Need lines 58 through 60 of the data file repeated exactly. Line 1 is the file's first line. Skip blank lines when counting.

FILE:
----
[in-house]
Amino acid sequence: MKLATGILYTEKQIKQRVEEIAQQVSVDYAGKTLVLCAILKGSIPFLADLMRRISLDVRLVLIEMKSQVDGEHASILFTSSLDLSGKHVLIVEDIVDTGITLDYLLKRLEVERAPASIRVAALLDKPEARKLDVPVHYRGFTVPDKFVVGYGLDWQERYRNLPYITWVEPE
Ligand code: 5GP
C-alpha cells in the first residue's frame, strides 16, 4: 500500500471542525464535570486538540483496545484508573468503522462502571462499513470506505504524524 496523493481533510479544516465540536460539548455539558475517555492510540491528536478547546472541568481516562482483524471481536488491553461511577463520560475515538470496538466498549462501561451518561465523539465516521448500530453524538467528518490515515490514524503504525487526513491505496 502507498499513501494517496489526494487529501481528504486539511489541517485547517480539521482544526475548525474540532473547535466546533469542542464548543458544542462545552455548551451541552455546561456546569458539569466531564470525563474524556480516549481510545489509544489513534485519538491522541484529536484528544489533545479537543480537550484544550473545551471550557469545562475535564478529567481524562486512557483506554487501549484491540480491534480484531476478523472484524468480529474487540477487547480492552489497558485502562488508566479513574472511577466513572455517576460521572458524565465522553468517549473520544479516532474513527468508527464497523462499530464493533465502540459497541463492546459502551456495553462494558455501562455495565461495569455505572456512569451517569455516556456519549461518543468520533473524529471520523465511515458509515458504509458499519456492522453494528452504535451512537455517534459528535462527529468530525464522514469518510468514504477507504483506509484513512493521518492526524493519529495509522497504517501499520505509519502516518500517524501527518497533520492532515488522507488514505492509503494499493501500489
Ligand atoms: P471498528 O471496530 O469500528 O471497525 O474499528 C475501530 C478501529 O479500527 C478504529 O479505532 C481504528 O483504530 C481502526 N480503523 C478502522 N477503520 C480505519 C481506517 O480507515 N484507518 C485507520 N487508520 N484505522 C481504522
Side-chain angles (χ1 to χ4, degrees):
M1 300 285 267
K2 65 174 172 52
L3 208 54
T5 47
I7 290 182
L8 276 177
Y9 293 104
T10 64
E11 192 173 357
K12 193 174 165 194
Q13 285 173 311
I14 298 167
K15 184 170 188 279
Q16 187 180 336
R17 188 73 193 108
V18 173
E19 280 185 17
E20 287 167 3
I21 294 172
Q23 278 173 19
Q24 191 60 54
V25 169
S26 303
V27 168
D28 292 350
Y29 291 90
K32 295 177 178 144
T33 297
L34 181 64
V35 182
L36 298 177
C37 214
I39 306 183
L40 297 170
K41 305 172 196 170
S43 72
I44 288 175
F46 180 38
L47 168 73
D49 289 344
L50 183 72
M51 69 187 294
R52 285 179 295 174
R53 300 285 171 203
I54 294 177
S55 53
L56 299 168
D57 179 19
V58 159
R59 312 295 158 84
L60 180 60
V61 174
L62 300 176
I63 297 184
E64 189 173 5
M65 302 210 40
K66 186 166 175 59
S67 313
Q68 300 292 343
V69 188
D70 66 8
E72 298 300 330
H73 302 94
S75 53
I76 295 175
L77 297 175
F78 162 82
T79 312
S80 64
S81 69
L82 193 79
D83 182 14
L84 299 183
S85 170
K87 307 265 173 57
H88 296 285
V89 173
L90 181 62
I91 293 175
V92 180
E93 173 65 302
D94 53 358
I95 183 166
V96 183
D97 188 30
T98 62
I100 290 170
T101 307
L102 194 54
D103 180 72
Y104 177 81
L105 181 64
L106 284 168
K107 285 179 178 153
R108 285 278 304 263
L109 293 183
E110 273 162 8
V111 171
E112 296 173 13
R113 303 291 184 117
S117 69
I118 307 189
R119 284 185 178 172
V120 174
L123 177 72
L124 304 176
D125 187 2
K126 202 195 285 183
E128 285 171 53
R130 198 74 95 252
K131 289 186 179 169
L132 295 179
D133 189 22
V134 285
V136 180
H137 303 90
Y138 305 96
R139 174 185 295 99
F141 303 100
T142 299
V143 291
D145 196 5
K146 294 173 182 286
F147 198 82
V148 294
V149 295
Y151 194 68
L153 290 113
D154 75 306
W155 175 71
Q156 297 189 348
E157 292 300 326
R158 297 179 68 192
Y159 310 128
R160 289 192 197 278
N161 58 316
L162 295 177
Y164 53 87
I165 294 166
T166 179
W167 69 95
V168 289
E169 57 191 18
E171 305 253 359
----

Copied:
V61 174
L62 300 176
I63 297 184